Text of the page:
In English, as in other languages, certain rules of speech are learned so early on in life that they are instinctual. No matter the level of our education or the dialect we speak, we use these rules and don’t know we are doing so.
The Jolly Green Giant rule:
The rule is that multiple adjectives are always ranked accordingly: opinion, size, age, shape, colour, origin, material, purpose. Unlike many laws of grammar or syntax, this one is virtually inviolable, even in informal speech. You simply can’t say My Greek Fat Big Wedding, or leather walking brown boots. And yet until last week, I had no idea such a rule existed. Tim Dowling, for The Guardian, Sept 13, 2016. 
My editor often finds and points out words whose order must be rearranged to sound natural. Inadvertently putting our words in the wrong order is why some sentences seem clumsy when you read them. The author wrote them that way when they were in the middle of laying down the first draft of the manuscript and didn’t notice it during the revision process.
It happens because, in the first draft, we are madly getting the words out of our heads. In the rush to get the thoughts down, words emerge in the wrong order. My red large Cadillac is comfortable to ride in.
Muddled phrasings often slip by when we revise our work because our minds automatically put the words in the correct order. This is the writer’s curse—we see what should be there, the eye skipping over what we actually wrote.
This ability to see a finished product is a necessary facet of the creative instinct. But it is a curse to see our work as intended and not as it is. The naïve belief in the perfection of our work is why we need an unbiased eye to read our work and point out those rough areas.
My large red Cadillac is comfortable to ride in.
Actually, my large dirty minivan is not as comfortable to ride in as it used to be. Grandma’s imaginary red Ferrari would be a lot more fun, but alas—if wishes were Ferraris, my driveway would look a lot fancier.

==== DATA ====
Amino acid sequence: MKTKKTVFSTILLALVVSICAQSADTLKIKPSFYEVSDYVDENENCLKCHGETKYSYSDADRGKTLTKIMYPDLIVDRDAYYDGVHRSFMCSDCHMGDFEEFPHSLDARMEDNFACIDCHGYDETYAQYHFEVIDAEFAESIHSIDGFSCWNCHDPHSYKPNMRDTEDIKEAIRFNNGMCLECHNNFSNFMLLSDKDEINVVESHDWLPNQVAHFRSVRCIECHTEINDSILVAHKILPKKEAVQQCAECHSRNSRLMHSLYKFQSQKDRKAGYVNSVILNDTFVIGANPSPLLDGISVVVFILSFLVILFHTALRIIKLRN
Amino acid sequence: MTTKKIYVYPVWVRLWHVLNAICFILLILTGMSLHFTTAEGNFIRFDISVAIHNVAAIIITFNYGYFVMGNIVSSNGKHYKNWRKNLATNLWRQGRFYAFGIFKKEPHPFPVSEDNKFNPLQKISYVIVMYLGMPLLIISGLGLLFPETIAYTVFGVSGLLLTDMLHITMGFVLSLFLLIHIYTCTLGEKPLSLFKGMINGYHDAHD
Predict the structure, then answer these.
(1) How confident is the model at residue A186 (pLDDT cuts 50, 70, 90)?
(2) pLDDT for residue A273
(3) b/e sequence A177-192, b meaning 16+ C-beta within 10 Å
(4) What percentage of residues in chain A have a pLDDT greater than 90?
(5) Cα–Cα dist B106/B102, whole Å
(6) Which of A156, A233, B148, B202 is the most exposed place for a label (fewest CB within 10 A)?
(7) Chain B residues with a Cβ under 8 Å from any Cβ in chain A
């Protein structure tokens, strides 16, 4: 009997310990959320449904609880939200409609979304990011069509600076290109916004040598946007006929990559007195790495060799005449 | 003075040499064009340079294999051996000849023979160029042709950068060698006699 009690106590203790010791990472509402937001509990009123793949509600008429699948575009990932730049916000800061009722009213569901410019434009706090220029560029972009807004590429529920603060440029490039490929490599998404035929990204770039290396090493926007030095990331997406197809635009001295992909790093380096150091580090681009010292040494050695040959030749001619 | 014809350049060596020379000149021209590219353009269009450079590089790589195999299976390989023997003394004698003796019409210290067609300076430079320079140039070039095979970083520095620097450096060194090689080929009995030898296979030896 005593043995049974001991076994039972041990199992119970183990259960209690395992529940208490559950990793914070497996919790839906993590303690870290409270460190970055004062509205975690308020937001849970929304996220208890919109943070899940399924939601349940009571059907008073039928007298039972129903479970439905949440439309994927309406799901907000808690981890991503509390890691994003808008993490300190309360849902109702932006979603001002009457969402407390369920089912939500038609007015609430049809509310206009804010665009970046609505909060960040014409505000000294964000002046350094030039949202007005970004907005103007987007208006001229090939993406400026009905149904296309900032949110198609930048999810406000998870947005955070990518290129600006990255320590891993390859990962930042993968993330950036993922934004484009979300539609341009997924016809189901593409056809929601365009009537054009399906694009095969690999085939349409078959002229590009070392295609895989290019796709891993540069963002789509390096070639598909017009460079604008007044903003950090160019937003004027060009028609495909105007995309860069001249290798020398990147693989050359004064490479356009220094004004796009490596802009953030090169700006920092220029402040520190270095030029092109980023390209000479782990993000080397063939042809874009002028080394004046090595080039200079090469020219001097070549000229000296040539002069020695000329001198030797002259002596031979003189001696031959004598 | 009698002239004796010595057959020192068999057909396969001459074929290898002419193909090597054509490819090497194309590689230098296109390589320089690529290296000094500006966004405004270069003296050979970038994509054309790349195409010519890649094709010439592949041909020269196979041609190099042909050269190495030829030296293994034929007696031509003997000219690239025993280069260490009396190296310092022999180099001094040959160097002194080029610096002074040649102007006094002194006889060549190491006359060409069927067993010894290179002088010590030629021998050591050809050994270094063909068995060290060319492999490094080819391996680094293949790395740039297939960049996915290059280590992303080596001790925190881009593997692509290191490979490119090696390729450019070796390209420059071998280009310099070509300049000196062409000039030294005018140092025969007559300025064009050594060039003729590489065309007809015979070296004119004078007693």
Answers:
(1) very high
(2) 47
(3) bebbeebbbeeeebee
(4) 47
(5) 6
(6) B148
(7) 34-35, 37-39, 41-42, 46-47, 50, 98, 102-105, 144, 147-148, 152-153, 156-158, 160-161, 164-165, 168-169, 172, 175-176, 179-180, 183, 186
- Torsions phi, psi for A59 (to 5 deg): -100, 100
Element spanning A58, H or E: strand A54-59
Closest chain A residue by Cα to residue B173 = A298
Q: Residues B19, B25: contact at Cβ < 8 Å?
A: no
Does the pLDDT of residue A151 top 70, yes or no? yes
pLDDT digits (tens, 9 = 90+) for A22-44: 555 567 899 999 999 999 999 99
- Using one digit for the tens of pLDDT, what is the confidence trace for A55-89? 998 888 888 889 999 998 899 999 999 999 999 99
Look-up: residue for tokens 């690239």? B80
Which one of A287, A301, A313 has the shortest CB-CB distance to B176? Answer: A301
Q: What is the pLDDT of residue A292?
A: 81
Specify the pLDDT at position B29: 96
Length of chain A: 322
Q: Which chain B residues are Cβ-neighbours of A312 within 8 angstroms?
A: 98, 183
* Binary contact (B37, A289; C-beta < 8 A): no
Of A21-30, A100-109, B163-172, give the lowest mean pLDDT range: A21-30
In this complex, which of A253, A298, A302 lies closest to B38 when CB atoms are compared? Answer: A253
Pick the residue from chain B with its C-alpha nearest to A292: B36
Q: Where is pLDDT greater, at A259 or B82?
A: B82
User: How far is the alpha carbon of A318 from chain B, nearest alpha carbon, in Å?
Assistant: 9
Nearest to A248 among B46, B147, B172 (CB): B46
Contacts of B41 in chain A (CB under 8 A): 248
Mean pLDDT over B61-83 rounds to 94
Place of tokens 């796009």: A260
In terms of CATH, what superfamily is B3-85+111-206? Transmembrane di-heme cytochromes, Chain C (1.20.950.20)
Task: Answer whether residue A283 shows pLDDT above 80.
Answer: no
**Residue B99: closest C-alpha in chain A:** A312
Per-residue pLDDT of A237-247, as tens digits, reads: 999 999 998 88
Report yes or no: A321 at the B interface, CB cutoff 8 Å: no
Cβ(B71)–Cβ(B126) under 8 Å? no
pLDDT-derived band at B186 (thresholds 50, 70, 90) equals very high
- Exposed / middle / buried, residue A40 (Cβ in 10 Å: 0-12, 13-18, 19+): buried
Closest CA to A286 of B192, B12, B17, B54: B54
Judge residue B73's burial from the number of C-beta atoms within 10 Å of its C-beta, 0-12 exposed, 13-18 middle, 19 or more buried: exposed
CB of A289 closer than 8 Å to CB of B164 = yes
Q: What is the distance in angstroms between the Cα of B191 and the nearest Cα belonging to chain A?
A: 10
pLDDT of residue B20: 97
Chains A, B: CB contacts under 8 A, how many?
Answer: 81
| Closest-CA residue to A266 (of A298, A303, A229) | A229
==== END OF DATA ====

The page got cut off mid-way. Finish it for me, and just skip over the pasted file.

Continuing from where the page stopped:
In every language, native speakers automatically order their words in specific ways. In English, we order them this way:
Shannon’s light blue wool jacket was left behind.
The Mishmash rule:
“Reduplication” is when a word or part of a word is repeated, sometimes modified, and added to make a longer term, such as aye-aye, mishmash, and hotchpotch. This process can mark plurality or intensify meaning, and it can be used for effect or to generate new words. The added part may be invented or it may be an existing word whose form and sense are a suitable fit. Stan Carey, A hotchpotch of reduplication, MacMillan Dictionary Blog 2012. 
Have I mentioned how much I adore mishmash words? They roll off the tongue with a kind of rhythm and musicality. Sadly, while I regularly entertain my youngest grandchildren with them, I hardly ever get to write them. Mishmash. Hip-hop.
The Hip-Hop rule:
Have you ever wondered why we say fiddle-faddle and not faddle-fiddle? Why is it ping-pong and pitter-patter rather than pong-ping and patter-pitter? Why dribs and drabs rather than vice versa? Why can’t a kitchen be span and spic? Whence riff-raff, mishmash, flim-flam, chit-chat, tit for tat, knick-knack, zig-zag, sing-song, ding-dong, King Kong, criss-cross, shilly-shally, seesaw, hee-haw, flip-flop, hippity-hop, tick-tock, tic-tac-toe, eeny-meeny-miney-moe, bric-a-brac, clickey-clack, hickory-dickory-dock, kit and kaboodle, and bibbity-bobbity-boo? The answer is that the vowels for which the tongue is high and in the front always come before the vowels for which the tongue is low and in the back. (Pinker, The Language Instinct, 1994:167) 
So, you now have a mishmash of words, three rules native speakers of English know and use without consciously thinking about it. Wonky word order is just one more thing to watch for when revising our work.
CREDITS AND ATTRIBUTIONS:
Media: Ferrari Portofino, Alexander Migl, CC BY-SA 4.0 https://creativecommons.org/licenses/by-sa/4.0 , via Wikimedia Commons
 Tim Dowling, Order force: the old grammar rule we all obey without realizing, © The Guardian 2016, https://www.theguardian.com/commentisfree/2016/sep/13/sentence-order-adjectives-rule-elements-of-eloquence-dictionary (accessed 25 May 2018)
 Stan Carey, A hotchpotch of reduplication, MacMillan Dictionary Blog 2012 © Macmillan Publishers Limited 2009-2018. http://www.macmillandictionaryblog.com/a-hotchpotch-of-reduplication (accessed 25 May 2018)
 Steven Pinker, The Language Instinct, Pinker, Steven. 1994. The Language Instinct. New York: HarperPerennial.